Discrimination. Although Mississippi does not have a law for private employers that regulates discriminatory hiring practices, employers with 15 or more employees are covered by federal fair employment laws that prohibit employment discrimination.
Public employers. State law specifically prohibits hiring practices in state employment that discriminate on the basis of race, religion, sex, national origin, age, disability, or political affiliation. A separate disability law also covers state and local government, public schools, and other state-funded employment (Miss. Code § 25-9-103 et seq.).
Military status. Employers are prohibited from discriminating against applicants or employees on the basis of military status (Miss. Code § 33-1-15). The law applies to any person, firm, or corporation in the state.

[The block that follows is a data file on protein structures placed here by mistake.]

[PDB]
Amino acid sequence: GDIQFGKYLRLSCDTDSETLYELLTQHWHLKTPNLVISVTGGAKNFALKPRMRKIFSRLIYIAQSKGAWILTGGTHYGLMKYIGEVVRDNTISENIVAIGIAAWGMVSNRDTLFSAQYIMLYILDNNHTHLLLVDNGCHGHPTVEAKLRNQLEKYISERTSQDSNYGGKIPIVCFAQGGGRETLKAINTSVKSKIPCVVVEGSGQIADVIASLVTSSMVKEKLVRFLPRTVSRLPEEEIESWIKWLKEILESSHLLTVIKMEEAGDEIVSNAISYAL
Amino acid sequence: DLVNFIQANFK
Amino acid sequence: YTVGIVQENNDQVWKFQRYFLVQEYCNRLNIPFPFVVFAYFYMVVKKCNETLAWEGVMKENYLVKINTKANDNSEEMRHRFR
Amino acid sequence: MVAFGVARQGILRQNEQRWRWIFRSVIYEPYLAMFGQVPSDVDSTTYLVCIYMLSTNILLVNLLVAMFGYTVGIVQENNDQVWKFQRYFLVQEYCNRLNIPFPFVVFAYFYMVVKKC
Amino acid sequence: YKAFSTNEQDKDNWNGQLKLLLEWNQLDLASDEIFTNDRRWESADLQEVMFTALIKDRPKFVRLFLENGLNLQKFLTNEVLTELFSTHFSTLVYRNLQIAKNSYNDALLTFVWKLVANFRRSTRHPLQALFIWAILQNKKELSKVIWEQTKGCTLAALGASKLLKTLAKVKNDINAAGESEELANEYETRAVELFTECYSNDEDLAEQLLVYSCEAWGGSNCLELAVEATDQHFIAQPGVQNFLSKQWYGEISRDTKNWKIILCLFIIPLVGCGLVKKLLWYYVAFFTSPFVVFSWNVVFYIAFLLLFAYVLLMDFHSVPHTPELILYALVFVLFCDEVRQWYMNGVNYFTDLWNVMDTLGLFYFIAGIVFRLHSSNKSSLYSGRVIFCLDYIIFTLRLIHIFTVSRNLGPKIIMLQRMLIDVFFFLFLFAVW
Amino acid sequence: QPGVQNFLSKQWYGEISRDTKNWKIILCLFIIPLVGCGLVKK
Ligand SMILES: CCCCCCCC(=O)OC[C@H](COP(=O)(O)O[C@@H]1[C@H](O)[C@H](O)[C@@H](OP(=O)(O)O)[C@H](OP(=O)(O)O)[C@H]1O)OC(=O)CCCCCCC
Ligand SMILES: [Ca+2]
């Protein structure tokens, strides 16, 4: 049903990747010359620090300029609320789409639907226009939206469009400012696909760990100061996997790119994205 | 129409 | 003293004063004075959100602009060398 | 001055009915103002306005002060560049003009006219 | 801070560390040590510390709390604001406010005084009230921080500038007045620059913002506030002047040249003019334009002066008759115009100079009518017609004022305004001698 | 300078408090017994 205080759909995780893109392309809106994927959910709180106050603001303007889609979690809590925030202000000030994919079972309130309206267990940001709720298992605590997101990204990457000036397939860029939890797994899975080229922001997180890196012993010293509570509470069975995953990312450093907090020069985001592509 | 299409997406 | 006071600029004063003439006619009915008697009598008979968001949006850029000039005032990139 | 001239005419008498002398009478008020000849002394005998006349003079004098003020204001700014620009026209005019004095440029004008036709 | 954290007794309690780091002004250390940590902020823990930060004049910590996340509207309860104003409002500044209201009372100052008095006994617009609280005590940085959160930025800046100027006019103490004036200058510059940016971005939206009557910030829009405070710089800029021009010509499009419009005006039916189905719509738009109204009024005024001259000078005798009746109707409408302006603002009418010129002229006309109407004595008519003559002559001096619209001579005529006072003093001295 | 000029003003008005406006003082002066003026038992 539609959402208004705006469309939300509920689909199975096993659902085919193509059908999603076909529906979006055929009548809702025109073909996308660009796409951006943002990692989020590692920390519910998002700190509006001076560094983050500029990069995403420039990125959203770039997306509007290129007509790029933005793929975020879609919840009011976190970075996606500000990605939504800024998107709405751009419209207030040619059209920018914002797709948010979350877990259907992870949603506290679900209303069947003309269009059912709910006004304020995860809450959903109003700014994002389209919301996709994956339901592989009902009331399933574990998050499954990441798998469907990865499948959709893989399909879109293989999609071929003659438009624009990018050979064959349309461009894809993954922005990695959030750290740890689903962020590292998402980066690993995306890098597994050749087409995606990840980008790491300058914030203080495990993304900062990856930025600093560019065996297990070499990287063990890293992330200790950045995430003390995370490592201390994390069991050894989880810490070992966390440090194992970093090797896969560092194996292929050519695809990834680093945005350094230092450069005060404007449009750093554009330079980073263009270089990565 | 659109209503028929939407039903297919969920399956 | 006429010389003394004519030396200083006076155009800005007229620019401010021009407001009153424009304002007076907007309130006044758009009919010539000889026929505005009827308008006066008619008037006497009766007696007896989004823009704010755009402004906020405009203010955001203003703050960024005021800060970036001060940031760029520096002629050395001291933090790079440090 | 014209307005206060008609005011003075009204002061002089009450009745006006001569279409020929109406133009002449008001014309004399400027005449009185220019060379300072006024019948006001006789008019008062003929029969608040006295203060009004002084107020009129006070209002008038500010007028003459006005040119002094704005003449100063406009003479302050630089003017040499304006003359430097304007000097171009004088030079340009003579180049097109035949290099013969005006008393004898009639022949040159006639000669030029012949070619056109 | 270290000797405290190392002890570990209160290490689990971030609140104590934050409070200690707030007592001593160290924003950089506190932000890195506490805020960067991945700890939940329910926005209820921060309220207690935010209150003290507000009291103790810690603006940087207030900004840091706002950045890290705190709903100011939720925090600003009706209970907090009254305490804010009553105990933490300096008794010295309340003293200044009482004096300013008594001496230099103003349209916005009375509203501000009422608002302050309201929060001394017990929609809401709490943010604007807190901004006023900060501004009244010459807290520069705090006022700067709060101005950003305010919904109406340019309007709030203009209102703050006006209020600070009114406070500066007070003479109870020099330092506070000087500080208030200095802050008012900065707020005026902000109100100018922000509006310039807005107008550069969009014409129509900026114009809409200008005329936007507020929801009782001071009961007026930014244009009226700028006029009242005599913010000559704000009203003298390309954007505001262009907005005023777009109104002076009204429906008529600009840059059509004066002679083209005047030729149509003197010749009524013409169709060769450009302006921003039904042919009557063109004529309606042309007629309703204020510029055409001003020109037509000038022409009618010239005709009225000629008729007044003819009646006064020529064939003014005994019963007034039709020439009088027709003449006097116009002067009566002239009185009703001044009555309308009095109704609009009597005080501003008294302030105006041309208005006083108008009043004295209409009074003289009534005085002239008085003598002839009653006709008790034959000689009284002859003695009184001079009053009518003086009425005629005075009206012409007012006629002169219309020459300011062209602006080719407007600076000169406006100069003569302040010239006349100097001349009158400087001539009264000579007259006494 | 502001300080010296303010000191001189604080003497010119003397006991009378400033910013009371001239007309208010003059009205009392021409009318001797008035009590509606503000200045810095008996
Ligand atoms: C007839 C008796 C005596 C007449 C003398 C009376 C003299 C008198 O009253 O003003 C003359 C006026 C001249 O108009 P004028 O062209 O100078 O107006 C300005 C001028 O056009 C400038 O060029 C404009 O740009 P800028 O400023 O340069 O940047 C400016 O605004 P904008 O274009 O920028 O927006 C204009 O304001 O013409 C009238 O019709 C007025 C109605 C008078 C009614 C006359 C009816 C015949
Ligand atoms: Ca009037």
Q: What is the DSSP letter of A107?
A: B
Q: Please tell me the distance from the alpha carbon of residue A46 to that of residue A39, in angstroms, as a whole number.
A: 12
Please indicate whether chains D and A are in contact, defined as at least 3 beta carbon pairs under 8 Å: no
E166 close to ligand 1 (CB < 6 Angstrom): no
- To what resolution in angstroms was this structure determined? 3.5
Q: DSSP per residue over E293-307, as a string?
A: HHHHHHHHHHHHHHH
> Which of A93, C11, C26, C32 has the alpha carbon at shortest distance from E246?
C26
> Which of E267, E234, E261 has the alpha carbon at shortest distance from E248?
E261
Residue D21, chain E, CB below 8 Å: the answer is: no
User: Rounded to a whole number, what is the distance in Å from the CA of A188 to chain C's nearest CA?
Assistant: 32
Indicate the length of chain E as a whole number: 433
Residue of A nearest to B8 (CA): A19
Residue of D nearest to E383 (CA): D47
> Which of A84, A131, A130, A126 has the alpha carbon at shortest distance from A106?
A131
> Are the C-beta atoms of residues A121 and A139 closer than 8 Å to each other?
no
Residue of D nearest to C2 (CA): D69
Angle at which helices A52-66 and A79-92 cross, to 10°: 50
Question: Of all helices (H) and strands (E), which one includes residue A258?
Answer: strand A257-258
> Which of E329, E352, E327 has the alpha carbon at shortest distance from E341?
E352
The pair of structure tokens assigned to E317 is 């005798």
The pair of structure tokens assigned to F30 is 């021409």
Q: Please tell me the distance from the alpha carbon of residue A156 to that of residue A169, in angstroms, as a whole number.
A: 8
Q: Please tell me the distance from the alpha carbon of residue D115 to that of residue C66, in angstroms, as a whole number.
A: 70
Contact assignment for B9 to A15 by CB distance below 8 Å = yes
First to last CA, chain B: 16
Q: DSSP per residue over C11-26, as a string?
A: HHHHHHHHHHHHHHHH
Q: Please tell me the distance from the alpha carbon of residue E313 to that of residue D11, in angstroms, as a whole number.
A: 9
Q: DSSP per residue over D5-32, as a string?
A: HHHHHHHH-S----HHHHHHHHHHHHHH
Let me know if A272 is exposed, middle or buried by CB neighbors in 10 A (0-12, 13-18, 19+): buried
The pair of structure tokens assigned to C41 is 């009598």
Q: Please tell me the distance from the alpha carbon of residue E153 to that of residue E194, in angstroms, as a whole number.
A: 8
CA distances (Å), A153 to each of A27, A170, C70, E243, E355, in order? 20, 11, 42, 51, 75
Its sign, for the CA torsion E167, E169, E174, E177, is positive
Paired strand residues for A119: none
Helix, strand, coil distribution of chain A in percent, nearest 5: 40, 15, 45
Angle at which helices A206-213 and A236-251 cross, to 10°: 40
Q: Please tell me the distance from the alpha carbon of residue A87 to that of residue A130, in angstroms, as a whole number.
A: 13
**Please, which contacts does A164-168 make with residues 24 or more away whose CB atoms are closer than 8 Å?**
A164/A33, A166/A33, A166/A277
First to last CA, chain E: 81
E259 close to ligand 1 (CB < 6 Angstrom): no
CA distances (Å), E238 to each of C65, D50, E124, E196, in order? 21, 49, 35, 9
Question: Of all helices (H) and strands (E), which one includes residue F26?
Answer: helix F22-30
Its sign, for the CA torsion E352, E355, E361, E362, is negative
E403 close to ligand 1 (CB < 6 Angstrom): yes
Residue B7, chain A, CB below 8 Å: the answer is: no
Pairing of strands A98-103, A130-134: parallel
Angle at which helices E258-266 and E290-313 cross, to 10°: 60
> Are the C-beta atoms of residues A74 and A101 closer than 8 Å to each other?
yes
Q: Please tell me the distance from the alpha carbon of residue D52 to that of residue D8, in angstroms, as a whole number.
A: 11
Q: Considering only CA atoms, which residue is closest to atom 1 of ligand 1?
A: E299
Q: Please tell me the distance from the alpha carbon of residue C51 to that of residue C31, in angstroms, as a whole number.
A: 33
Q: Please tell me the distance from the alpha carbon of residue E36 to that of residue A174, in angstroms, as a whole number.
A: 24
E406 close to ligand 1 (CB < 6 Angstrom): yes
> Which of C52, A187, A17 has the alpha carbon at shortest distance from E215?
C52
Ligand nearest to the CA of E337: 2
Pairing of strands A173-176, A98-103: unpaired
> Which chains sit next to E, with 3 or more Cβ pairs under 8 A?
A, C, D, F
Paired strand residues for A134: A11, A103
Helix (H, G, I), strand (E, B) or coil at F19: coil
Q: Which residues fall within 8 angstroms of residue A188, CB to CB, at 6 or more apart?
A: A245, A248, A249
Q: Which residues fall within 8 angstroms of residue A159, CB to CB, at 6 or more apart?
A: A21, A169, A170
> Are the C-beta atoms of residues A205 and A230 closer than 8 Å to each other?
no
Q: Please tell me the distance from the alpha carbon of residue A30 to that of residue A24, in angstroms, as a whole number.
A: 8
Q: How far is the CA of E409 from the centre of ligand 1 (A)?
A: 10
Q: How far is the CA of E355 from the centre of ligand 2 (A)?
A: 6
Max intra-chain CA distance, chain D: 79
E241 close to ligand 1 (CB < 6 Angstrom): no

Bankruptcy. The antidiscrimination provision of the federal Bankruptcy Code prohibits private employers from terminating employment or otherwise discriminating against an employee because the employee has filed for bankruptcy. However, the 5th Circuit Court of Appeals has ruled that an employer may lawfully refuse to hire a prospective employee based on the applicant's bankruptcy filing (In re Burnett, 635 F.3d 169 (5th Cir. 2011)). In this case, the court examined the language of the law and noted that the provision affecting public employers expressly prohibits them from denying employment to an applicant based on a bankruptcy filing. Because the provision applying to private employers does not contain the same language, the court ruled that private employers may deny employment to a job applicant based on the applicant's bankruptcy status. It is important to note that both public and private ...